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Behind the numbers: Servicemember complaints

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14,100. Sounds like a random number, doesn’t it? But to us, 14,100 represents the number of servicemembers, veterans and their family members whose stories have come to us through their consumer complaints.

I emphasize the word “stories” because each complaint is much more than a case number. Behind those case numbers are servicemembers with questions about mortgages, military spouses seeking to invoke consumer legal protections on behalf of their deployed spouse, veterans desperately fighting scams that threaten to steal their retirement income, and many more members of the military community with compelling, sometimes heartbreaking, real-life stories.

In the Snapshot of complaints received from servicemembers, veterans, and their families that we’re releasing today, you’ll find the types and trends of military consumer complaints that the CFPB has handled since opening our doors in July 2011. We have received complaints from all 50 states and from all branches and ranks of the military. Our complaint volume increased 148 percent from 2012 to 2013 as we spread the word about the resources that we provide to the military community. Mortgages continue to top the cumulative volume of complaints handled to date.

However, newer categories of complaints we began accepting last year, such as debt collection and payday loans, have climbed steadily and now factor prominently into our complaint totals. In fact, since we began taking debt collection complaints in July 2013, debt collection has quickly become the highest volume complaint category for military consumers over the last seven months. Within the report you will find a breakdown of the complaints by product as well as the top issues within each product for military consumers.

More than a million dollars in relief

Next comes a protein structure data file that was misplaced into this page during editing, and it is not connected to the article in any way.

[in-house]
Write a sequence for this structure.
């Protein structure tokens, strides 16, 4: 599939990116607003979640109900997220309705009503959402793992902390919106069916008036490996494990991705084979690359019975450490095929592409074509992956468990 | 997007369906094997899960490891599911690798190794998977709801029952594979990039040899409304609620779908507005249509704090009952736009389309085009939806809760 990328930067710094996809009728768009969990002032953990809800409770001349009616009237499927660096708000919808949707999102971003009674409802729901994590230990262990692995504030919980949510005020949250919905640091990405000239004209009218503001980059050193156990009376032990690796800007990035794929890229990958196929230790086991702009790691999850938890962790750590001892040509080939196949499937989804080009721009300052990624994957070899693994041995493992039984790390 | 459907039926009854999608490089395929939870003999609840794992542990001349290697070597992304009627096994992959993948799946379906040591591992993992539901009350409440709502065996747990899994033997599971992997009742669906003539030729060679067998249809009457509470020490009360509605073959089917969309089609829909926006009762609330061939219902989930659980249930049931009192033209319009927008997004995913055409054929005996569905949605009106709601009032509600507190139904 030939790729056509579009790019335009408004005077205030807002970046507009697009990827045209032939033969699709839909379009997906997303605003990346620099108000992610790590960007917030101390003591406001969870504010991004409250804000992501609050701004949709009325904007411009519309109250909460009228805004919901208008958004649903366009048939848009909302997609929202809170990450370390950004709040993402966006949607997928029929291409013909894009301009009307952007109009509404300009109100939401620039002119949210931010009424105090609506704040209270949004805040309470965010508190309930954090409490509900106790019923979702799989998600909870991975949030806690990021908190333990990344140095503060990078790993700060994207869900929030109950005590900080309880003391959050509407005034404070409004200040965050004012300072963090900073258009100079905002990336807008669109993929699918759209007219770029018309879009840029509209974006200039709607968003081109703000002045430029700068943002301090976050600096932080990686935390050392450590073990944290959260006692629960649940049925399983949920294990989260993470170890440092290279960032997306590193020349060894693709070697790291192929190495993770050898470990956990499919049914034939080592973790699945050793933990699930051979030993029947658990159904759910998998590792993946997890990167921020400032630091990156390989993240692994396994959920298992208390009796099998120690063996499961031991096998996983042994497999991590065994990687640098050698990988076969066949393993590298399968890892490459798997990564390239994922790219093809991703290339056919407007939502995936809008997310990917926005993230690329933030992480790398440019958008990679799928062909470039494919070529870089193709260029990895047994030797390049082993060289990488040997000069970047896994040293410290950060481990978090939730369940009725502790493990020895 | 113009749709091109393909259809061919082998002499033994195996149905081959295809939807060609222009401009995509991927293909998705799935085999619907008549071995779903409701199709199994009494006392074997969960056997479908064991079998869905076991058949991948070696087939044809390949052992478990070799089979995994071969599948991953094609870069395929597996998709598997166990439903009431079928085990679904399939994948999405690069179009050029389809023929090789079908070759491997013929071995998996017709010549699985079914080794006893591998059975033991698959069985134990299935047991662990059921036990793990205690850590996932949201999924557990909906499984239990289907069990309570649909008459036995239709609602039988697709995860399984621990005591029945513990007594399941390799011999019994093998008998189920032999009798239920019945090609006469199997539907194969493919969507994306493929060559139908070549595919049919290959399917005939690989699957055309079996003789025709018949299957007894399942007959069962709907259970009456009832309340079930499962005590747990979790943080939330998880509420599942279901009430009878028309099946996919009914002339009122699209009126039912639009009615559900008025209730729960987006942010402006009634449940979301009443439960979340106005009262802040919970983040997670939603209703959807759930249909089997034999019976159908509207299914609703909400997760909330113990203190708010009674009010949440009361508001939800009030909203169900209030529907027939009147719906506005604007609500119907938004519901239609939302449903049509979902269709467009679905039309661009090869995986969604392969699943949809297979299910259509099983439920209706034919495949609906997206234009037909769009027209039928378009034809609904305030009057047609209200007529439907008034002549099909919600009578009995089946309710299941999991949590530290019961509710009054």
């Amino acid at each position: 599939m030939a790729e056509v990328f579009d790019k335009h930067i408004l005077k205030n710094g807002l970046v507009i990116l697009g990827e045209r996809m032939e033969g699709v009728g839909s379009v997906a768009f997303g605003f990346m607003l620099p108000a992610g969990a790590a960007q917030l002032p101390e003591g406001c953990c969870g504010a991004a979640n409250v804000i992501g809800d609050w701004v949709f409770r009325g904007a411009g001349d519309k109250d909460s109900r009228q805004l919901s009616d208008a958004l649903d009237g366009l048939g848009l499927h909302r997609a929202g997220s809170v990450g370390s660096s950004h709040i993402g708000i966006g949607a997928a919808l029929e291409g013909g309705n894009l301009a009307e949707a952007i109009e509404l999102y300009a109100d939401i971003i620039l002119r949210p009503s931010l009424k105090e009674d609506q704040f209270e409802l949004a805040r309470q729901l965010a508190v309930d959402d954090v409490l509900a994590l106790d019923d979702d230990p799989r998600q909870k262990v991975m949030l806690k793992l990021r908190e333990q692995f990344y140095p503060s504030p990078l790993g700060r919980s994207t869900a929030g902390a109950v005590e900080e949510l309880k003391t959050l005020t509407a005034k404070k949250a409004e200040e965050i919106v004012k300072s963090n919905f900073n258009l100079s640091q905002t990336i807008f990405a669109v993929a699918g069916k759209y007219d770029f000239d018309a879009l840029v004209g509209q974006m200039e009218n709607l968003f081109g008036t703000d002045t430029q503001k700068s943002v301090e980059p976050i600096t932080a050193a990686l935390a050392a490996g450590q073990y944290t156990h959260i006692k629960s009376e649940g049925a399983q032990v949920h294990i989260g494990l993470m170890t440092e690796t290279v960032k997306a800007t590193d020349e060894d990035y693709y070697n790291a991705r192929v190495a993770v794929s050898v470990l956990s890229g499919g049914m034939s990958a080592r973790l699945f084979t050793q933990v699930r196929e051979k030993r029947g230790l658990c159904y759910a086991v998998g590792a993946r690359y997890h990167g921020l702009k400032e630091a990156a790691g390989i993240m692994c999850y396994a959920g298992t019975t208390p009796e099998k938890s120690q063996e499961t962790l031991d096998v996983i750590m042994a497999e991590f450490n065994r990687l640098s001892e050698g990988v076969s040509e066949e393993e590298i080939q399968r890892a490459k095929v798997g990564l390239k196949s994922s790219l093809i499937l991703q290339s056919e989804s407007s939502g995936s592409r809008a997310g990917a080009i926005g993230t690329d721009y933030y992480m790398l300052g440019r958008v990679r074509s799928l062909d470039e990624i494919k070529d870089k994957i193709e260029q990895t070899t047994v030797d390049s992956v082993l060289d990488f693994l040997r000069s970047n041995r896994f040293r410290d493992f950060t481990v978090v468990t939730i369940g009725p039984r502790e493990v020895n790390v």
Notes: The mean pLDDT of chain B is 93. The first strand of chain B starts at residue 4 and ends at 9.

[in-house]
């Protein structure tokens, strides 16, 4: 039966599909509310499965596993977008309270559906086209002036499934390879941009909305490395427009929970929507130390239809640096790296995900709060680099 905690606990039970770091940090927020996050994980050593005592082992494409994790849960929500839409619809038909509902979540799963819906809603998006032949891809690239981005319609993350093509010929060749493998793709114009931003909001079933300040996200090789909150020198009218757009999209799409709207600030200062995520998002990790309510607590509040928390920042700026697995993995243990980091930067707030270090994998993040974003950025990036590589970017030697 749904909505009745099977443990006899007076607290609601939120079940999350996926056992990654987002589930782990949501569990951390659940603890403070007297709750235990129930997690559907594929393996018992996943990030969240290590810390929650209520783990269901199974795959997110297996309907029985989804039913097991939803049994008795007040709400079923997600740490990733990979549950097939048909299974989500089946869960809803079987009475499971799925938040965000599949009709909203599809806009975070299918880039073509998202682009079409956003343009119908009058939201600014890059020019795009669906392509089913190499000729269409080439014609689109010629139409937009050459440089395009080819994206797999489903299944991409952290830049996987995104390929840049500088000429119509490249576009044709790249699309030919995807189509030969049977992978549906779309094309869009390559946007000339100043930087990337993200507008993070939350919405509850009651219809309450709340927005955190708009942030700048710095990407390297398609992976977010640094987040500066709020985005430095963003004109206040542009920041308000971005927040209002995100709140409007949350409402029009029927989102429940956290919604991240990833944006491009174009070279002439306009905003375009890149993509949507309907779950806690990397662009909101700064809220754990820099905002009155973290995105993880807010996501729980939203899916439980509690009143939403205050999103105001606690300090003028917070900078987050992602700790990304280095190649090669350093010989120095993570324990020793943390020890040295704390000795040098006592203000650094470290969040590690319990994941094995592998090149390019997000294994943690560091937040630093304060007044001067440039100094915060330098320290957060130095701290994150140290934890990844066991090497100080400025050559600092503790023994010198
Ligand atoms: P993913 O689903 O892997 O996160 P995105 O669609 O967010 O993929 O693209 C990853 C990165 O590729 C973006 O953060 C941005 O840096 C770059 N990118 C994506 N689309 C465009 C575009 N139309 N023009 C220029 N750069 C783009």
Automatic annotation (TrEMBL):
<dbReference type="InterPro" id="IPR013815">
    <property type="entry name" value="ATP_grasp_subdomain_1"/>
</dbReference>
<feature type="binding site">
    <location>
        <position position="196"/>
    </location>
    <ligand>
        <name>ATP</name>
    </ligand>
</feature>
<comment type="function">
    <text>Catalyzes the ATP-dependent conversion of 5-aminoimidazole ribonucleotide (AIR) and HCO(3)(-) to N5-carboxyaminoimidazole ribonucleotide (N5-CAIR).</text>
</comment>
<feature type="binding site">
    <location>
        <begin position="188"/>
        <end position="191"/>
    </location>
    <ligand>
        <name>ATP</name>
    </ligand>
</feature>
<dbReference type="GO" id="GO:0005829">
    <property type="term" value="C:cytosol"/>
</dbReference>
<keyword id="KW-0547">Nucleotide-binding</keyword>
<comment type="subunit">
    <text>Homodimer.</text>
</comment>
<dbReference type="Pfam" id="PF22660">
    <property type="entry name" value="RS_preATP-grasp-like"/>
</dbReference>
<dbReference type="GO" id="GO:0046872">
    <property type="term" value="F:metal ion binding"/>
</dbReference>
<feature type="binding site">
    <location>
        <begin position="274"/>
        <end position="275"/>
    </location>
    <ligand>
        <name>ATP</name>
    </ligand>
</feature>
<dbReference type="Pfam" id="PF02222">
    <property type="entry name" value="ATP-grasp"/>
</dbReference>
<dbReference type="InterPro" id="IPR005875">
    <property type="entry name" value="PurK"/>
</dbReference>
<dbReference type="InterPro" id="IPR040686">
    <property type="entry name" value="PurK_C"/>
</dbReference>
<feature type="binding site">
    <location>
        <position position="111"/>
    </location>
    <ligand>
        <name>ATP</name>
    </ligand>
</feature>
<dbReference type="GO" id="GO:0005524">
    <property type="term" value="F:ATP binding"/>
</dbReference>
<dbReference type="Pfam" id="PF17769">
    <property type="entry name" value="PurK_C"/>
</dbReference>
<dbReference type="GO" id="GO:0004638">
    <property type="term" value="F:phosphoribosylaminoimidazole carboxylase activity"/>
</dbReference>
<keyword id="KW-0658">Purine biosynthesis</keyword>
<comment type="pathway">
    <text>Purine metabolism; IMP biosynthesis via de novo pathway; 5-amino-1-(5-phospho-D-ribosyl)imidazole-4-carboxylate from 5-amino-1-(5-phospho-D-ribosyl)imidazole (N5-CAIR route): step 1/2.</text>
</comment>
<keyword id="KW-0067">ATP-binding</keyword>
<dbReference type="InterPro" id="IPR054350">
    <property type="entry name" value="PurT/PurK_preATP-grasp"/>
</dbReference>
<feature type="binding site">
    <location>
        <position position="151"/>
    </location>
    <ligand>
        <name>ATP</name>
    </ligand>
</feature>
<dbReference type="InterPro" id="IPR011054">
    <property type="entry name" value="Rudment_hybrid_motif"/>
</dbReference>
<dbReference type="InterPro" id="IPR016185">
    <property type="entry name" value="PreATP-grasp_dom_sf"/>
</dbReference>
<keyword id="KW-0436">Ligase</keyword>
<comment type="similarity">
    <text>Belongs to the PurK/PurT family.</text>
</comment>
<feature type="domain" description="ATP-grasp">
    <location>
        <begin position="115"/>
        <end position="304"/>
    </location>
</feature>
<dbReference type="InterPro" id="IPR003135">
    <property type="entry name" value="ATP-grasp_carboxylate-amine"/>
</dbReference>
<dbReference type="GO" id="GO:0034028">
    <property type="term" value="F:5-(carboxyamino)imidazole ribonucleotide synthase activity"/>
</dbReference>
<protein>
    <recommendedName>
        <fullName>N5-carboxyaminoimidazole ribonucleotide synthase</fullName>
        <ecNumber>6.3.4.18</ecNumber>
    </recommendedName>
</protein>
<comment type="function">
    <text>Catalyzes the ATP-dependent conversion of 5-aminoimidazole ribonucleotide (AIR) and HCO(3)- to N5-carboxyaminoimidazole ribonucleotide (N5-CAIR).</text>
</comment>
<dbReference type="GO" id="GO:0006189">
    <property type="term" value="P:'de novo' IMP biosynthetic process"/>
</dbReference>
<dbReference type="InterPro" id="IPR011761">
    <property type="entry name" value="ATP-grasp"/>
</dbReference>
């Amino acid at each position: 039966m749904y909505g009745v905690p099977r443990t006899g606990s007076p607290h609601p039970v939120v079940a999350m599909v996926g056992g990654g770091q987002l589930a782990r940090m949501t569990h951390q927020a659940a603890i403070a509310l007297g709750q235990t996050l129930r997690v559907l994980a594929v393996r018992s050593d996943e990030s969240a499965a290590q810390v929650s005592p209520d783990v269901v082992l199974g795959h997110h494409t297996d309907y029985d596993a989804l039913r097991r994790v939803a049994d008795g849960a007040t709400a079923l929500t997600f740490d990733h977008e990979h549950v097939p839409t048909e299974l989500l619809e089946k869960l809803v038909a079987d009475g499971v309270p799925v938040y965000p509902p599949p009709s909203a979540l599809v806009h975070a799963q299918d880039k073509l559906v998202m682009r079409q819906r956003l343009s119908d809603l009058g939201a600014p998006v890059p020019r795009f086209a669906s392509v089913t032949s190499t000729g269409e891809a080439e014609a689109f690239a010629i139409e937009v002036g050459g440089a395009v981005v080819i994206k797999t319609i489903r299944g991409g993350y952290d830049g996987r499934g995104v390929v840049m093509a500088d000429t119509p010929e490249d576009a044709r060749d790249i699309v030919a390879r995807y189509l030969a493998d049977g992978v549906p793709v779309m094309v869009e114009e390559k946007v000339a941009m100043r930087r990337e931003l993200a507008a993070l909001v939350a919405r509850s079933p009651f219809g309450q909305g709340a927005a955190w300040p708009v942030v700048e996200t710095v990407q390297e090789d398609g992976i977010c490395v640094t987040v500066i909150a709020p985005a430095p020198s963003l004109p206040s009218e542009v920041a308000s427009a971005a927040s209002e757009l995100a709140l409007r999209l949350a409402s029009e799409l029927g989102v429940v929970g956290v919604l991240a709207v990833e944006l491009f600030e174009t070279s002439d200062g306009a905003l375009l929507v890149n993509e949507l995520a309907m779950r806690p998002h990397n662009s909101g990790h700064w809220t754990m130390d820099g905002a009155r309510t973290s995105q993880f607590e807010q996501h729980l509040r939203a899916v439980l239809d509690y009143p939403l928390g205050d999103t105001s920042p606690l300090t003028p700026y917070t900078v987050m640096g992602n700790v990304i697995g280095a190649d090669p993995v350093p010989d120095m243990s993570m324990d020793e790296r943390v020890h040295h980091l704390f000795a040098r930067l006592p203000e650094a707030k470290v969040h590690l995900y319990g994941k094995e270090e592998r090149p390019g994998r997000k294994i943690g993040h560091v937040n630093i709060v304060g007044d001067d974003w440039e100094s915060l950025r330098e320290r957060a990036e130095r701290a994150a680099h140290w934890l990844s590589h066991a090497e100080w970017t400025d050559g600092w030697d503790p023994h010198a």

Contained within the report are company-reported monetary relief amounts. The amounts vary by product, but, overall, military consumers have received more than $1 million in monetary relief. We’ve also assisted many military consumers in obtaining non-monetary relief, such as correcting credit report errors, in a number of cases helping to address problems that may have been affecting the consumer for months or even years.

At the Office of Servicemember Affairs we work to monitor consumer complaints submitted by the military community and the resolutions to those complaints. Simply put, our job is to keep an eye on the consumer financial issues causing servicemembers, veterans, and military families to come to us for help, and to see if those issues are addressed through our complaint system. Our snapshot report gives you an idea of the numbers of complaints submitted as well as how the companies have responded.

If you’re a member of the military community who needs assistance with a consumer financial issue, or you know a servicemember, veteran, or military spouse in that situation, think about submitting a complaint. Even if you don’t have a complaint, and you just want to share an experience in the financial market place, consider telling us your story. We’re listening.

  • Ken Preston

    I want to thank the Consumer Financial Protection Bureau and all that you do to support our young military service members and their families. As a career Soldier I have personally seen the creative scams that people use to take advantage of our young military members. Many of these military members are married with young families. They volunteer to serve all across the country and around the world, stationed away from their immediate family and friends. The CFPB serves as a big brother or big sister to provide the help and mentoring needed. Collectively, we all need to continue and support financial education that teaches good practices and highlights the traps for our service members and their families. What the CFPB is doing is critical in maintaining the financial health and welness of our military families. Well done and thank you.

    • Mary

      Let’s stop talking to ourselves, SGM.

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